Archive for January 2009
Jan 30th 2009
America’s economy shrank sharply in the fourth quarter. There are few reasons for optimism
The original article appears here.
IT IS a measure of the prevailing gloom that the worst economic performance in 26 years could still be described as better than expected. Real gross domestic product fell at an annual rate of 3.8% in the fourth quarter, below the decline of 5% or more that many economists had anticipated.
However, there is precious little reason for optimism. Read the rest of this entry »
This discussion can be followed in its entirety here.
UNCERTAINTY is a constant in economic life, but Olivier Blanchard notes that at present it is sufficiently pervasive as to be a major exogenous source of restraint on demand. He recommends policies that reduce uncertainty, as distinct from policies that simply boost aggregate demand.
Many of his policies, however, would take effect regardless of the state of the economy. It seems to me, by contrast, that the way to deal with uncertainty is through contingent policies that are triggered when a predetermined bad state of the economy is reached. Read the rest of this entry »
AMERICA may be moving closer to creating a “bad bank” to absorb its banking system’s impaired assets. Would it work? No one knows, but everyone is looking to Sweden—which used that model in the early 1990s after its banks crumpled under the weight of bad real estate loans—for guidance. I talked to Bo Lundgren, who was the minister in charge of taxation, financial markets, and sports (yes, sports) at the time of the bail-out, to learn more about which issues are likely to prove stickiest for America. What are the toughest challenges—the extent to which banks are nationalised, the relative importance of recapitalisation versus purchases of bad assets, or something else? What follows is based on our conversation. Read the rest of this entry »
The spectre of nationalisation
From The Economist print edition
There are ways for governments to revitalise banks without taking them over
IT IS generally easier to remove a kidney from a dead donor than a live one. When regulators in Scandinavia and America in the early 1990s started extracting the bad assets from their crisis-hit banking systems, it helped that the banks they dealt with were bust or in the government’s hands. Today, policymakers are trying to excise toxic assets from banks that are still, at least officially, private and viable. That is a much trickier proposition. Read the rest of this entry »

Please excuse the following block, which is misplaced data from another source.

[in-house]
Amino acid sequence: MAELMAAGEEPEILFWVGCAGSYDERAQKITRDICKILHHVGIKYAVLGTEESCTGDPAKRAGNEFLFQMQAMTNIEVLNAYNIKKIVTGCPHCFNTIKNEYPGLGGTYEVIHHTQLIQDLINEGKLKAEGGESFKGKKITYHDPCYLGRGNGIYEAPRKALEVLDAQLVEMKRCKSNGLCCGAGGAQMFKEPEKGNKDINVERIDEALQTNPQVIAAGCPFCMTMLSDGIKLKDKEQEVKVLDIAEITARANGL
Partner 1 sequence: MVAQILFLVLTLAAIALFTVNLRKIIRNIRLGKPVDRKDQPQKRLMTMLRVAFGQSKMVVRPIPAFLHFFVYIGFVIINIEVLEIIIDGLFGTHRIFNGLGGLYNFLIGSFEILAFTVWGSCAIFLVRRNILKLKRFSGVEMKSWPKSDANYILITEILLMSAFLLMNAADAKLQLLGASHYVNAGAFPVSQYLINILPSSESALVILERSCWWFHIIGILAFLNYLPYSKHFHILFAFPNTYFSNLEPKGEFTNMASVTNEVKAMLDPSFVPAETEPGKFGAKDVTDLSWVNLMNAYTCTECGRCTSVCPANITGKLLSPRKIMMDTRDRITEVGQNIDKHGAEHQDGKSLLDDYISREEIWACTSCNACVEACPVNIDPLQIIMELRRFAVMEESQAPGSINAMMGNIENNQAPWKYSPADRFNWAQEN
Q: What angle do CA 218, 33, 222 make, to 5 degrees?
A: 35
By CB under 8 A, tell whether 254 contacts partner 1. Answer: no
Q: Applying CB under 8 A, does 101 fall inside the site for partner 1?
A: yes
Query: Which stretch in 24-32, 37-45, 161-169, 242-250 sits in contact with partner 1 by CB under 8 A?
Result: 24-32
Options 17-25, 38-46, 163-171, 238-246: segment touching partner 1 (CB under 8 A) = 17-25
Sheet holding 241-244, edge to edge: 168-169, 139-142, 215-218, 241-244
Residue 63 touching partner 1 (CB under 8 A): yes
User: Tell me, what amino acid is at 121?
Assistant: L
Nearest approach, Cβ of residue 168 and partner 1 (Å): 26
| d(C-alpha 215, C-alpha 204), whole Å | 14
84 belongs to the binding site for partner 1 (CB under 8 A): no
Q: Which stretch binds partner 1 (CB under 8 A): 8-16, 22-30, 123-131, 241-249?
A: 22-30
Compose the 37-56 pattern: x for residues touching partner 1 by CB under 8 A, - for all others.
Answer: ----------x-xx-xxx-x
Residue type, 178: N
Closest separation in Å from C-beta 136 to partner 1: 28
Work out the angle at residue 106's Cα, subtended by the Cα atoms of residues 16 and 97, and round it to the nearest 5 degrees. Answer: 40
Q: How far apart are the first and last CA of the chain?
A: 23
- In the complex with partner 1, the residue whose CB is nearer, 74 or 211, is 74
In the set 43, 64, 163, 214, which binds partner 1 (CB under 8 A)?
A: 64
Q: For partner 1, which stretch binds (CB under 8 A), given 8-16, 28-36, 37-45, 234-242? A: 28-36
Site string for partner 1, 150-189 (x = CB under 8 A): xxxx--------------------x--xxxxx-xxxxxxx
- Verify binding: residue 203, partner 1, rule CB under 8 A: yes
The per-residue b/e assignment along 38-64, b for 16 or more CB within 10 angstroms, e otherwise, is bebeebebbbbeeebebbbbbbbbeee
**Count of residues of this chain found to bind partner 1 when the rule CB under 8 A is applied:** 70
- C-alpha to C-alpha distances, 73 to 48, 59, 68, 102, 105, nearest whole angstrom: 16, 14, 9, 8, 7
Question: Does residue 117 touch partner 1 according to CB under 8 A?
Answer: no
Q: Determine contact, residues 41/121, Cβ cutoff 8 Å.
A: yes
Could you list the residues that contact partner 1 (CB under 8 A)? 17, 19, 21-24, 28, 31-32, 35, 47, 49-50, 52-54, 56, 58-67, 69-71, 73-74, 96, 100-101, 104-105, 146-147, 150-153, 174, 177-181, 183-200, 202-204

This was cowritten with my colleague, Washington Bureau Chief Adrian Wooldridge
The frat boy ships out
From The Economist print edition
Few people will mourn the departure of the 43rd president
HE LEAVES the White House as one of the least popular and most divisive presidents in American history. At home, his approval rating has been stuck in the 20s for months; abroad, George Bush has presided over the most catastrophic collapse in America’s reputation since the second world war. The American economy is in deep recession, brought on by a crisis that forced Mr Bush to preside over huge and unpopular bail-outs.
America is embroiled in two wars, one of which Mr Bush launched against the tide of world opinion. The Bush family name, once among the most illustrious in American political life, is now so tainted that Jeb, George’s younger brother, recently decided not to run for the Senate from Florida. A Bush relative describes family gatherings as “funeral wakes”.
Few people would have predicted this litany of disasters when Mr Bush ran for the presidency in 2000. Read the rest of this entry »
My article mentions invesetors’ estimates of the probability the U.S. will default based on spreads on credit default swaps. Some readers have asked how I computed the probabilities. What follows is a guide but should not be considered authoritative. Read the rest of this entry »
Reasons to temper pessimism, but not to delay action in America